Murray Valley Standard letters to the editor, February 12, 2019

Photo: Sam Wudke/AAP.
Photo: Sam Wudke/AAP.

Enough spin from our state government

After having listened to a pathetic attempt to spin, a political move to sound like a great move for South Australians, I think it’s time to put a few truths on the table.

Shortly after the state election last year I attended a meeting at which the new environment and water minister David Speirs was invited to speak.

He stood on the stage boasting about the fact that he had just flown back from meeting Minister Littleproud, positive that there was going to be a great working relationship and that the plan would move along well.

Minister Speirs then proceeded to discredit the South Australian Royal Commission as a waste of taxpayers’ money, stating that it was costing $10,000 dollars a day and wasn’t needed – that it was a political stunt.

Speirs and the Marshall government gave me no confidence in the Murray-Darling Basin Plan, and the receipt of the 450 gigalitres of up-water, back then.

The request by the commission for extra time to allow due process, and the High Court decision on the government and Murray-Darling Basin Authority being called as witnesses, was denied.

Finally, our Minister for Environment and Water went to the ministerial meeting in December.

At this meeting South Australians were sold out when he agreed to further gut the plan, allowing it to move away from its original intent.

The intent was to reduce allocation and restore the environment, to protect the river from further extraction, and he allowed both New South Wales and Victoria to get their own way on efficiency measures, ensuring that South Australians won’t get the water we so urgently need.

Minister Speirs repeatedly said that the states were not coming to the negotiating table but that, through his deal, he had paved a way forward.

I disagree.

I was at the ministerial meeting in Albury in November 2017 and the ministers were at the table.

They may not have been in agreement, but they were there.

NSW and Victoria had been threating to walk away from the plan at every opportunity, trying to push their own agenda.

I stood and listened to both Niall Blair and Lisa Neville continually say at the press conference that South Australia was holding them to ransom.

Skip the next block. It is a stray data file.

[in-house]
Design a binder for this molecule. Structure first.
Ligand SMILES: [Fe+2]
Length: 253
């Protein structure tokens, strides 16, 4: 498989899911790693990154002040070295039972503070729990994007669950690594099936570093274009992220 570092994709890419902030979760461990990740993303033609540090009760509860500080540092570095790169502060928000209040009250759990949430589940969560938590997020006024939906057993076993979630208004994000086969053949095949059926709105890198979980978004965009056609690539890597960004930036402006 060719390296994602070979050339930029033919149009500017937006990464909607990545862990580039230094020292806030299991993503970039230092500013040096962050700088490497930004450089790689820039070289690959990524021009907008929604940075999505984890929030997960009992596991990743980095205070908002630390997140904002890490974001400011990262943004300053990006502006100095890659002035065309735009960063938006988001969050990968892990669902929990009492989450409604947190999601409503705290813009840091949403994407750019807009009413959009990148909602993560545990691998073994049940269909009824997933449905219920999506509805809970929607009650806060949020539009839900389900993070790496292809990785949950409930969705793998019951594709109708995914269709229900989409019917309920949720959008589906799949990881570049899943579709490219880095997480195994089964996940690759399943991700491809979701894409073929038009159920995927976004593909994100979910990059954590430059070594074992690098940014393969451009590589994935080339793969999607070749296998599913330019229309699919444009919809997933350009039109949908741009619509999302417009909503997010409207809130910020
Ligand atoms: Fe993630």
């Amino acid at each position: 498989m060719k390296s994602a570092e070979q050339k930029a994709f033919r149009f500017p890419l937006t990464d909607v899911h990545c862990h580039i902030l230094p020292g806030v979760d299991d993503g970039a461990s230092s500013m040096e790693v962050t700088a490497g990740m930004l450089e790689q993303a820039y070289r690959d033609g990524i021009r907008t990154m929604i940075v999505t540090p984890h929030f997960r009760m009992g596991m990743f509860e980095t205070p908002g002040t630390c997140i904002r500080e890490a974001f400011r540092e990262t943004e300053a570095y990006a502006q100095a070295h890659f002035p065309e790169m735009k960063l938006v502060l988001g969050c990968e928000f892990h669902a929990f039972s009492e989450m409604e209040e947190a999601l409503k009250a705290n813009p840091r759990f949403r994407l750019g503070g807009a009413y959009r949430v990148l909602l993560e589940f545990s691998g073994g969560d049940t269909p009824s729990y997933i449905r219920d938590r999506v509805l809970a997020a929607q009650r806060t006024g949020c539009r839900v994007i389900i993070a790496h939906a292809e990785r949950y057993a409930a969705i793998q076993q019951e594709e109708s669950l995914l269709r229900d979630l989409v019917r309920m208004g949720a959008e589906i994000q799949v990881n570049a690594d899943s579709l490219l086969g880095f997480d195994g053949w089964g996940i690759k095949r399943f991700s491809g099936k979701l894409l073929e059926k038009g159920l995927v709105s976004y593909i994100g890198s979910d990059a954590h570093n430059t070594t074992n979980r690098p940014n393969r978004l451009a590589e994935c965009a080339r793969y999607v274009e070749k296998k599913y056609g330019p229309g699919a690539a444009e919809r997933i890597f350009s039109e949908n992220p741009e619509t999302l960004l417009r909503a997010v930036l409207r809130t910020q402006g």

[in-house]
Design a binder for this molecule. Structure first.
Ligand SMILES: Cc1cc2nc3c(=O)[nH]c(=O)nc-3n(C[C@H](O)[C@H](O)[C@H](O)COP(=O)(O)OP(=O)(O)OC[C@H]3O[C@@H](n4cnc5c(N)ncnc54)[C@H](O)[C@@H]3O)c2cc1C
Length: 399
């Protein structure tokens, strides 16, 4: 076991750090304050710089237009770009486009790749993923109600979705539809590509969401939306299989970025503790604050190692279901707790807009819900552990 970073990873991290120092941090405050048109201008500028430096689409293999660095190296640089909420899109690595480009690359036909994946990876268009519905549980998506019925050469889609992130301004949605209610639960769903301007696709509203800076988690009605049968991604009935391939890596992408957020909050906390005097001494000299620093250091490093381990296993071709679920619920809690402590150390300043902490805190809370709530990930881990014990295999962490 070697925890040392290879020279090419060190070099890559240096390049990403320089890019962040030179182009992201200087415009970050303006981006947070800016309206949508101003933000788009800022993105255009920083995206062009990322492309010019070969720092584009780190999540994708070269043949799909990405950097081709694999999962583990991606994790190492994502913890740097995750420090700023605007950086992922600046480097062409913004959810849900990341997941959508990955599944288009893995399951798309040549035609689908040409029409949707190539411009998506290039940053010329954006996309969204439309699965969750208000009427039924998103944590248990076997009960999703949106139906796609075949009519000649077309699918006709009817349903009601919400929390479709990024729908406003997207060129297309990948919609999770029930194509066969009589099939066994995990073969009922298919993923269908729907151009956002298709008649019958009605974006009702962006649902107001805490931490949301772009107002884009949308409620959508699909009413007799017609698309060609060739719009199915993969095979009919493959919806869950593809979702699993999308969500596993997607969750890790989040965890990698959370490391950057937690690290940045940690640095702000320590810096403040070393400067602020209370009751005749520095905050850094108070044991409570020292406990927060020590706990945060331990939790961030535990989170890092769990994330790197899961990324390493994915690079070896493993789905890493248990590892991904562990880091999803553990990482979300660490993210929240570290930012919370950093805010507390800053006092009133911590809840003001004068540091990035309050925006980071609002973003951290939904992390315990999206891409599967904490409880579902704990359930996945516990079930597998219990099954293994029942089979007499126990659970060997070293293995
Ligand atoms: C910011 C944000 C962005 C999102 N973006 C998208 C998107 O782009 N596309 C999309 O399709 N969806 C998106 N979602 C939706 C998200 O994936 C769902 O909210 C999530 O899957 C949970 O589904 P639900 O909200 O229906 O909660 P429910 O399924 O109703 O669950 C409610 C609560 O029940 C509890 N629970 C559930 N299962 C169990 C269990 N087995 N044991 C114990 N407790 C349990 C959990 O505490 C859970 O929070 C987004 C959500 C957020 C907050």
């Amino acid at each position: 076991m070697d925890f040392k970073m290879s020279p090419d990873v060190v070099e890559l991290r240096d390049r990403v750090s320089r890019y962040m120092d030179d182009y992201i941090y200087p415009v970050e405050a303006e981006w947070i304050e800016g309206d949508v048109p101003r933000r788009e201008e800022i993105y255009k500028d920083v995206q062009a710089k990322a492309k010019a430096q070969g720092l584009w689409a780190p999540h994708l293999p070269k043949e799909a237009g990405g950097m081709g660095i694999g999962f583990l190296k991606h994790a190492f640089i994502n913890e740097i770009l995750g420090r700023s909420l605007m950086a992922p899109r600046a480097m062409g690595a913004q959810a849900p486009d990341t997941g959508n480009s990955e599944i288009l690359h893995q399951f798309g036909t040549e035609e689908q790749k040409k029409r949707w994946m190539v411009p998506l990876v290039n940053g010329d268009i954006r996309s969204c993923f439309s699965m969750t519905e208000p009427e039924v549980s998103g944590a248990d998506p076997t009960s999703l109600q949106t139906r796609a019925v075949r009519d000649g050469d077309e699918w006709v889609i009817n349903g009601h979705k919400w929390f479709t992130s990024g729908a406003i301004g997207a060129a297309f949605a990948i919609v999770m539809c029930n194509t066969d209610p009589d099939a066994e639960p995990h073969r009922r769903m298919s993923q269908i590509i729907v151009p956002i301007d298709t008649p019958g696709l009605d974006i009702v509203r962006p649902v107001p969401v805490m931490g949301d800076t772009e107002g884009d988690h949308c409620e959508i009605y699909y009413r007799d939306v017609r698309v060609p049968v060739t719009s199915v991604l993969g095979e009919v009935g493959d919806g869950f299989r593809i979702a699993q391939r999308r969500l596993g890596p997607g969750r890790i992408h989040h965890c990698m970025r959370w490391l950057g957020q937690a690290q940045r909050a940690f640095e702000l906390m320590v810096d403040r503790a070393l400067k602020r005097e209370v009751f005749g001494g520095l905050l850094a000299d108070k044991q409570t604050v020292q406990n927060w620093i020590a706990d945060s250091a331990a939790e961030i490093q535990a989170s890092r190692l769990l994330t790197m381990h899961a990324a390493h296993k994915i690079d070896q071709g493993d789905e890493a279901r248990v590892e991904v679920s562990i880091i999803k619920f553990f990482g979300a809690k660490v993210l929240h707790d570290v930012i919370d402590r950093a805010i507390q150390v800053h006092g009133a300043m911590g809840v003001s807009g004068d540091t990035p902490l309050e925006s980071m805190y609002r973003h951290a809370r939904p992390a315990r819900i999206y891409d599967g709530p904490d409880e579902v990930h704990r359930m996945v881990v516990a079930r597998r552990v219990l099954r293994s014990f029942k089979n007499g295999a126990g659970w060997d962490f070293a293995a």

More to the point, South Australia was trying to hold them to account.

This government has proven it can’t stand up for South Australians and is being led by its federal counterparts to our detriment.

The Marshall government needs to stand up now respect the findings of the royal commission and immediately repeal the deal made in December.

They need to demonstrate that they have our best interests at heart.

Rosa Hillam, Greens candidate for Barker

Buybacks would hurt communities

Never forget there were originally proposals for thousands more gigalitres of water to be returned to the Murray-Darling.

Farmers and river-reliant communities would have been sacrificed to achieve that, and that’s why farmers burned early drafts of the basin plan.

States ultimately locked in a basin plan balancing the “triple bottom line” of social, economic and environmental needs.

Water buyback decimated river communities.

The basin plan will be attacked by radical environmentalists, who only see a river, not farms, communities or pipelines to Adelaide and South Australia’s regional centres.

People, farmers, river communities and SA’s regional economy need water – and they care about the river.

Don’t let radicals throw the baby out with the river water.

Rikki Lambert, Australian Conservatives Senate candidate

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